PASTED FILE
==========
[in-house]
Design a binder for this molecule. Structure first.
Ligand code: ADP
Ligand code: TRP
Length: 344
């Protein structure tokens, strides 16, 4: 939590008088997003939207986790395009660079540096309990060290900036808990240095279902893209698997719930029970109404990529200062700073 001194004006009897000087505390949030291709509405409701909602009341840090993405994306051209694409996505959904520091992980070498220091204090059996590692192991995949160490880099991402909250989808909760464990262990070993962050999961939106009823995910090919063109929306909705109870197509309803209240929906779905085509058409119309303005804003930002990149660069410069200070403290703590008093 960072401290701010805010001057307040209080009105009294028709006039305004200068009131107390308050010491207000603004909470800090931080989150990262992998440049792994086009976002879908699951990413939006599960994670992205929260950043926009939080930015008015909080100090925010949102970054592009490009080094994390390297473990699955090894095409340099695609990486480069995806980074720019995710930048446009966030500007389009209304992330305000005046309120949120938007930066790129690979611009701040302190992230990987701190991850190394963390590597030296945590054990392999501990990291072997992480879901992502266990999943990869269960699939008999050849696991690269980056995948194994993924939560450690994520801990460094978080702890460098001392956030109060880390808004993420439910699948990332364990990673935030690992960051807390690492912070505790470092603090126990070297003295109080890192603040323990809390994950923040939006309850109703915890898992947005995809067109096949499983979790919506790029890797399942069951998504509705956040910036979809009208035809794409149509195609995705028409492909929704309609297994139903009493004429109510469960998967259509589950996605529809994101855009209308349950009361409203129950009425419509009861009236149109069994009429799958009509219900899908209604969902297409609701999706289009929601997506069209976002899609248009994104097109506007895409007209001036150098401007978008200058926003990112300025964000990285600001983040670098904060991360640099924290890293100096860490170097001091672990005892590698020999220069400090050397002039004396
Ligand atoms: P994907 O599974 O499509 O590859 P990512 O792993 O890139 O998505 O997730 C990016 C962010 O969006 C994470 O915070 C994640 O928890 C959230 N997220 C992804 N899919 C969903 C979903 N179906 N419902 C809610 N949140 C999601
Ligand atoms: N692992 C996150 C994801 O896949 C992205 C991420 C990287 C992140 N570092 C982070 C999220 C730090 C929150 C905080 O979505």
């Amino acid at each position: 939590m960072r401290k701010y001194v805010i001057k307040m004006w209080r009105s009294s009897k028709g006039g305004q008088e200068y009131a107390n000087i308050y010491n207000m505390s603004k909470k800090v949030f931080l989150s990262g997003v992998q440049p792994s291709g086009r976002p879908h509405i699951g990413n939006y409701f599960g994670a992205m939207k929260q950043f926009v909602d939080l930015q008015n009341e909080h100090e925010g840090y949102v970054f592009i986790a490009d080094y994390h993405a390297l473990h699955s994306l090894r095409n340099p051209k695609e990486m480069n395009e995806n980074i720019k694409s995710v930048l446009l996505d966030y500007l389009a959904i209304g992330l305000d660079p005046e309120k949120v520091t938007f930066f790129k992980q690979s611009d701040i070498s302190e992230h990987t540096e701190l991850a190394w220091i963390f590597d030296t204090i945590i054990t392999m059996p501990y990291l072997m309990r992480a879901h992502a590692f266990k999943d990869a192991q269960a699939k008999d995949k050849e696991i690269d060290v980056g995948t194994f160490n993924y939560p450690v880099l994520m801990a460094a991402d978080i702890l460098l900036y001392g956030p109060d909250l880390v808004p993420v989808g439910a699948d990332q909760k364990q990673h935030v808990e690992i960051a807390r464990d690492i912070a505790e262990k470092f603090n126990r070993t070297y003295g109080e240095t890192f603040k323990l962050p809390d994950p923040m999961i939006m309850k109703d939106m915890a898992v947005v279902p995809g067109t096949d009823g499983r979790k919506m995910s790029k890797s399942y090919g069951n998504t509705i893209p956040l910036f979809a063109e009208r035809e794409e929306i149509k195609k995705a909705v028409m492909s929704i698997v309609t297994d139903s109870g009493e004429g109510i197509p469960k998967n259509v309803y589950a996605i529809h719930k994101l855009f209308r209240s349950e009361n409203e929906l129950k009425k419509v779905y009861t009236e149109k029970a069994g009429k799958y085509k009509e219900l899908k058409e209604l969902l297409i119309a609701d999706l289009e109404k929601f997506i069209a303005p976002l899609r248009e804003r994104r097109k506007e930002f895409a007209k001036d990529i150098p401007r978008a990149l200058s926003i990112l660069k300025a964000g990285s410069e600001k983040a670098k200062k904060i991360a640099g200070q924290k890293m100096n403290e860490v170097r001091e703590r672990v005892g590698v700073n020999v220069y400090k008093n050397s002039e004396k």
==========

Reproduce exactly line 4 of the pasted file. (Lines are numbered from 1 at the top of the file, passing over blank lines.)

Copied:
Ligand code: TRP